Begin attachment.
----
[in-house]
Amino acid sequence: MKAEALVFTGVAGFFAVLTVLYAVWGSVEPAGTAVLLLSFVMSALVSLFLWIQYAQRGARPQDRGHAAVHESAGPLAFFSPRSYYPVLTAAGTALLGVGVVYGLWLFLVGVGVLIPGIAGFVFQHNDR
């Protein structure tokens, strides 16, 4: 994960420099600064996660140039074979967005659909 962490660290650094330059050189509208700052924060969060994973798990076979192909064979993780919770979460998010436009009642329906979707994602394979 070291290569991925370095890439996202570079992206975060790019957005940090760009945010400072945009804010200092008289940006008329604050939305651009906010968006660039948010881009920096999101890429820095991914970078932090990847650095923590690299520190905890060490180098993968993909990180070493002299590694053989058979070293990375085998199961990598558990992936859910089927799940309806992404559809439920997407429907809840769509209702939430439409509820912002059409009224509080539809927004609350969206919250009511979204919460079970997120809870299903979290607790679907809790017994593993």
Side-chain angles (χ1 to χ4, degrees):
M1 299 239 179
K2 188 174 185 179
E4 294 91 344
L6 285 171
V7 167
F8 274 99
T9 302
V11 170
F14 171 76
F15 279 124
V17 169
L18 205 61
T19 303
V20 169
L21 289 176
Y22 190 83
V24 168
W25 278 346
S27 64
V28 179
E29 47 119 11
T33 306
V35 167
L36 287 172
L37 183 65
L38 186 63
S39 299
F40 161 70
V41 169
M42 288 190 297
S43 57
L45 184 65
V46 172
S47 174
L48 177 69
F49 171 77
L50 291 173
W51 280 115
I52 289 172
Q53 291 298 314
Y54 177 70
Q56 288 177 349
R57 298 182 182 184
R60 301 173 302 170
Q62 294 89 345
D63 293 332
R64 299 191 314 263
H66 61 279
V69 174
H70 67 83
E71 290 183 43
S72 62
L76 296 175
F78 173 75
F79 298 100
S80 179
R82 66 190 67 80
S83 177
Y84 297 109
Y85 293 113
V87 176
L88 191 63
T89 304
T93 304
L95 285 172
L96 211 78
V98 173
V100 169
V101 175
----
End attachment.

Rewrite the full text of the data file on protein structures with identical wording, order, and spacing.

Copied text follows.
[in-house]
Amino acid sequence: MKAEALVFTGVAGFFAVLTVLYAVWGSVEPAGTAVLLLSFVMSALVSLFLWIQYAQRGARPQDRGHAAVHESAGPLAFFSPRSYYPVLTAAGTALLGVGVVYGLWLFLVGVGVLIPGIAGFVFQHNDR
């Protein structure tokens, strides 16, 4: 994960420099600064996660140039074979967005659909 962490660290650094330059050189509208700052924060969060994973798990076979192909064979993780919770979460998010436009009642329906979707994602394979 070291290569991925370095890439996202570079992206975060790019957005940090760009945010400072945009804010200092008289940006008329604050939305651009906010968006660039948010881009920096999101890429820095991914970078932090990847650095923590690299520190905890060490180098993968993909990180070493002299590694053989058979070293990375085998199961990598558990992936859910089927799940309806992404559809439920997407429907809840769509209702939430439409509820912002059409009224509080539809927004609350969206919250009511979204919460079970997120809870299903979290607790679907809790017994593993």
Side-chain angles (χ1 to χ4, degrees):
M1 299 239 179
K2 188 174 185 179
E4 294 91 344
L6 285 171
V7 167
F8 274 99
T9 302
V11 170
F14 171 76
F15 279 124
V17 169
L18 205 61
T19 303
V20 169
L21 289 176
Y22 190 83
V24 168
W25 278 346
S27 64
V28 179
E29 47 119 11
T33 306
V35 167
L36 287 172
L37 183 65
L38 186 63
S39 299
F40 161 70
V41 169
M42 288 190 297
S43 57
L45 184 65
V46 172
S47 174
L48 177 69
F49 171 77
L50 291 173
W51 280 115
I52 289 172
Q53 291 298 314
Y54 177 70
Q56 288 177 349
R57 298 182 182 184
R60 301 173 302 170
Q62 294 89 345
D63 293 332
R64 299 191 314 263
H66 61 279
V69 174
H70 67 83
E71 290 183 43
S72 62
L76 296 175
F78 173 75
F79 298 100
S80 179
R82 66 190 67 80
S83 177
Y84 297 109
Y85 293 113
V87 176
L88 191 63
T89 304
T93 304
L95 285 172
L96 211 78
V98 173
V100 169
V101 175